· Premium Member
Joined
·
8,954 Posts
Sorry to say but that is too easy to escape. There needs to be higher sides made of plastic so hedgie can't get a grip. Also hedgie could easily stretch up and get out over the half side. How are you going to heat it?

To be honest, I think a 2 x 1 C&C cage although smaller, was a better option and easier to make escape proof. You can always get more grids and make the C&C larger. :)

I deleted your other post so there aren't two the same.
 

· Registered
Joined
·
1,924 Posts
My tiny friend's palace is constructed with laundry baskets connected by pvc pipes. The bottom of each section is is layered with corrugated plastic with pillowcase-style liners.

The laundry baskets are Rubbermaid soft plastics that are easily cut with a simple X-Acto/boxcutter/razor. I like them for being relatively cheap ($10), widespread (Ronas & Canada Tire carry them), extremely easy to disinfect, too slippery for mealworms to climb if they escape, and have fantastic ventilation (I find solid bins still reek of plastic even after getting holes drilled in them).

[attachment=2:rrchj2ym]cage_overview.jpg[/attachment:rrchj2ym]
My tiny friend does not believe in climbing. In his opinion, it is simply Not Done. This means I can leave the open grid exposed at hedgehog-height, and leave the top open. I don't recommend this setup for climbing-hedgehogs. Lighting is attached to the central post (out-of-view). Heating is by ambient space heater, with a spot CHE when necessary.

To the right of the cage is a blue tupperware. This is hedgehog's Emergency Kit: the bag contains kibble, fleece, sleep-sack, water/food dishes, and handwarmers, while the box is modified with a ventilated top to serve as an emergency-carrier. It wouldn't work for a full-scale city-wide catastrophe, but it's sufficient for an apartment fire-alarm evacuation.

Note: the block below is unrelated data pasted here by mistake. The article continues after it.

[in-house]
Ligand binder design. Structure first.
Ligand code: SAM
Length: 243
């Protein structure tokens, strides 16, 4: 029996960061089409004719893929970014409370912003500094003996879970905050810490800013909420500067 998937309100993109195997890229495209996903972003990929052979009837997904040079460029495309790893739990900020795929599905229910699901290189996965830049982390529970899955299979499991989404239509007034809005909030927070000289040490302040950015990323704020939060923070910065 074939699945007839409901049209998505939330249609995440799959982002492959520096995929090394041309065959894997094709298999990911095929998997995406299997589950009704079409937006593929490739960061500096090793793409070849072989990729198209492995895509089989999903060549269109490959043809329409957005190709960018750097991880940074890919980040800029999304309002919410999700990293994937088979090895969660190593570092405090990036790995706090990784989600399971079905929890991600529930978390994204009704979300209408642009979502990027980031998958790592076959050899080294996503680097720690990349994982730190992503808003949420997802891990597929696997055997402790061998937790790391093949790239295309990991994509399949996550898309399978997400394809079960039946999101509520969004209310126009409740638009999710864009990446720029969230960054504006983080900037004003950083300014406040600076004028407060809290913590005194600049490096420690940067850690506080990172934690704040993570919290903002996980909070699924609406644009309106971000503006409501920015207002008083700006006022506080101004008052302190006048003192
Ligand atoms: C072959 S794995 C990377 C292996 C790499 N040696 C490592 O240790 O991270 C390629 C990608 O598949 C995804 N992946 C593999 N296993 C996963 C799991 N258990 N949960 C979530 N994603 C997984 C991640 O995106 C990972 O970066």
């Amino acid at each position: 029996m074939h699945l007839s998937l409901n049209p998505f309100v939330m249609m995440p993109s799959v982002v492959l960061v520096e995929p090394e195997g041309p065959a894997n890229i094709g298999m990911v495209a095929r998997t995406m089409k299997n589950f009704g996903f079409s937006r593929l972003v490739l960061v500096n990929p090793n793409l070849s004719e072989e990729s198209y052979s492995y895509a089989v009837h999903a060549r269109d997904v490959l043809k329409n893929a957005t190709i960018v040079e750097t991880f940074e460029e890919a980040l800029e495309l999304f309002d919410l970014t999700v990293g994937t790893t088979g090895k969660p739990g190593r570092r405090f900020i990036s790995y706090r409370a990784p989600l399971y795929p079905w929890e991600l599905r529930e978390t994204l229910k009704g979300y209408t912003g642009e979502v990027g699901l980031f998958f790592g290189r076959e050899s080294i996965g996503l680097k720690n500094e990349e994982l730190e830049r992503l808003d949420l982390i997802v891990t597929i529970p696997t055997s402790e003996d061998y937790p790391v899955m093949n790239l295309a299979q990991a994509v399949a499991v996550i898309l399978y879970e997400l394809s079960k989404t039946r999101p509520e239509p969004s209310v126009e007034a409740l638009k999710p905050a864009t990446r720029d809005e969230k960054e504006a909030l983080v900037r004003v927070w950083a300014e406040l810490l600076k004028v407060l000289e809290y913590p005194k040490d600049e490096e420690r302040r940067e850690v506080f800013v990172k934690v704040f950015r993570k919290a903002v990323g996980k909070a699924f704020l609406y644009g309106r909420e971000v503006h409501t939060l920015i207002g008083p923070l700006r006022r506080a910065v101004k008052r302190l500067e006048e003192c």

Each "room" has a different purpose. The front two are for running-around messy activities that need easy-access.

To the left is a wheel-room (including, at the moment, a fleece-diving sleepy hedgehog). In addition to the normal liner, it has a secondary layer of fleece to allow liner-diving for camping trips. Hedgehog has thoroughly rejected any more conventional attempts at a litter-box, so we've compromised with a smaller fleece square that is replaced each night without generating as much laundry as a full liner would (and absorbs pee so makes "camping" under the liner below the wheel less distressing).

To the right is his water/food/treats area (no treat-dish at the moment). The eating area is an ocasional home to the digbox (oatmeal & mealworms in a low ziplock box), or an open space for rolly-toys (currently a (solid) catball, sometimes a toy truck).

[attachment=1:rrchj2ym]cage_play.jpg[/attachment:rrchj2ym]
In the back right is the fleece forest. The "forest" is strips of fleece hung from dowels for easy removal.

At the moment, the forest playroom includes a small tile, intended for splatting on hot days but more commonly used as a slippery-turn-point (hedgehog bolts straight at wall, suddenly stop-skid-turns, bolts off somewhere else), a usually-ignored stuffed rat, and a cuddle-sleep-sack. This room is quite popular for post-breakfast pre-run naps.